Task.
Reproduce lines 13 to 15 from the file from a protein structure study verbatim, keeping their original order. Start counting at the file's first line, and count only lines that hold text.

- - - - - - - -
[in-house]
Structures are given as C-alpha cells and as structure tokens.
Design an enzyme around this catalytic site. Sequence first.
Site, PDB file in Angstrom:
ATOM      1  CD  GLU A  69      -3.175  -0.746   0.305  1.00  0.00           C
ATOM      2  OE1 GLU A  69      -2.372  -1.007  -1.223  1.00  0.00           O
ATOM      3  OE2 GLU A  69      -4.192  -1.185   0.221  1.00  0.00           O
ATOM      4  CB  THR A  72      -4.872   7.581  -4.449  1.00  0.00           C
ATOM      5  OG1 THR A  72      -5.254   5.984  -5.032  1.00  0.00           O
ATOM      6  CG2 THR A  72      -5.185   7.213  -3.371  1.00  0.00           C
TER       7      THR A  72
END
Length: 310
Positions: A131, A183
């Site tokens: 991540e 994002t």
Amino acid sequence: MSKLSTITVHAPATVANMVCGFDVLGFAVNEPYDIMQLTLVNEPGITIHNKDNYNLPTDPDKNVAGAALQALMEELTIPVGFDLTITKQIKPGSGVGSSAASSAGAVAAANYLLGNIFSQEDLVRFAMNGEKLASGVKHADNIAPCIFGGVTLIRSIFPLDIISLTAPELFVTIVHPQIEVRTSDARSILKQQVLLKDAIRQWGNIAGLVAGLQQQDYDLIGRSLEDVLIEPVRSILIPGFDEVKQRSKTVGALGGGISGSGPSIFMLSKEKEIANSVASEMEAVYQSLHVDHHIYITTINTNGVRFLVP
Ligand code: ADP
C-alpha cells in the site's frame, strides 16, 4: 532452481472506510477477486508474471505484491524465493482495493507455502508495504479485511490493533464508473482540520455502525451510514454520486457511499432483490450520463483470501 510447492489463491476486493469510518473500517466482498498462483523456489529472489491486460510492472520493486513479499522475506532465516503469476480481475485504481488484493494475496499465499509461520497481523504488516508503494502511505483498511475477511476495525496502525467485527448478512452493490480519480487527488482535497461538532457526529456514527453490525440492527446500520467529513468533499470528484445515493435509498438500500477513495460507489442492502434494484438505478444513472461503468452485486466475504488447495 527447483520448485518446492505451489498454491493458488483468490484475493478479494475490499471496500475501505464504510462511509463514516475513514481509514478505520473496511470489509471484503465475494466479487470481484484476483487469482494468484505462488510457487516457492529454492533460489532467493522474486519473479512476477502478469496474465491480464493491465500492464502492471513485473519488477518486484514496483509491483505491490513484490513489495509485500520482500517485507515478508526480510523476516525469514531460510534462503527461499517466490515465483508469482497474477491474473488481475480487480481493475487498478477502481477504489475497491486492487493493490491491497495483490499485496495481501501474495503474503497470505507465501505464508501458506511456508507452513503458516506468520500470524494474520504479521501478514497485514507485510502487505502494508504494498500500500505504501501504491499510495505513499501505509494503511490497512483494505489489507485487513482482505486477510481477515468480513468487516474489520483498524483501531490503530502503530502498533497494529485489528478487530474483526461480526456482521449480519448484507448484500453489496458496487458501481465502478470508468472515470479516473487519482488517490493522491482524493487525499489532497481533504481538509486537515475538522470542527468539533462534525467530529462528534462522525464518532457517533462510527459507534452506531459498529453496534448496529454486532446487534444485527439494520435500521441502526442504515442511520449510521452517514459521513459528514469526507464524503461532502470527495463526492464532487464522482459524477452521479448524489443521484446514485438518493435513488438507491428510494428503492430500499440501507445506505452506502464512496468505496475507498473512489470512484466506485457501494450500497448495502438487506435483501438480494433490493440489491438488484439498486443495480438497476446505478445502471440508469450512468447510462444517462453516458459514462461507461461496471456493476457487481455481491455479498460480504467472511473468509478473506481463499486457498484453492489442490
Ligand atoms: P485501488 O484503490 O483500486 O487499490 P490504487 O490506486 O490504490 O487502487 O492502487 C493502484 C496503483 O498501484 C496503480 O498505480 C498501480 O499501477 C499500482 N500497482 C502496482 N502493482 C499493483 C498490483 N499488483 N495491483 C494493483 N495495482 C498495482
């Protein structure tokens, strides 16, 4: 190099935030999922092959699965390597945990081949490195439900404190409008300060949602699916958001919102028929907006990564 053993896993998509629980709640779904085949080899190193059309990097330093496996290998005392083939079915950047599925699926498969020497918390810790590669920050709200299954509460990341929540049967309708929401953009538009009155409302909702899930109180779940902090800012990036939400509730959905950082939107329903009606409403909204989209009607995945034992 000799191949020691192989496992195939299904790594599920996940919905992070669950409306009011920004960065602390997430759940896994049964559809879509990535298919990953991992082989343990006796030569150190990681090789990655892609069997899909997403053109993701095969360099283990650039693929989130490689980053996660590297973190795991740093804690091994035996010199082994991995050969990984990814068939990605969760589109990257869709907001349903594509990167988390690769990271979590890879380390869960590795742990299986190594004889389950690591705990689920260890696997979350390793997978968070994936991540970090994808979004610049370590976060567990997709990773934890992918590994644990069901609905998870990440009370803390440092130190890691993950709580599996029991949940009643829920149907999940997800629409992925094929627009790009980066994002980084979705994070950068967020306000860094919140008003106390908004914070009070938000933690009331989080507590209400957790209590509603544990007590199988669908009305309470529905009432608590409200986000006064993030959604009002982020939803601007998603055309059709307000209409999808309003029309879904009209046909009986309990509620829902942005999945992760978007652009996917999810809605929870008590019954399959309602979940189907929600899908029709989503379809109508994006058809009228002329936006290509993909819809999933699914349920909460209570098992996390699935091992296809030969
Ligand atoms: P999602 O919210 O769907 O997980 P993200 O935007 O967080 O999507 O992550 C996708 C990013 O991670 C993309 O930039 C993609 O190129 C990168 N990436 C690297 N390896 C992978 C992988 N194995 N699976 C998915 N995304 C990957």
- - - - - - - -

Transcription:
Length: 310
Positions: A131, A183
């Site tokens: 991540e 994002t």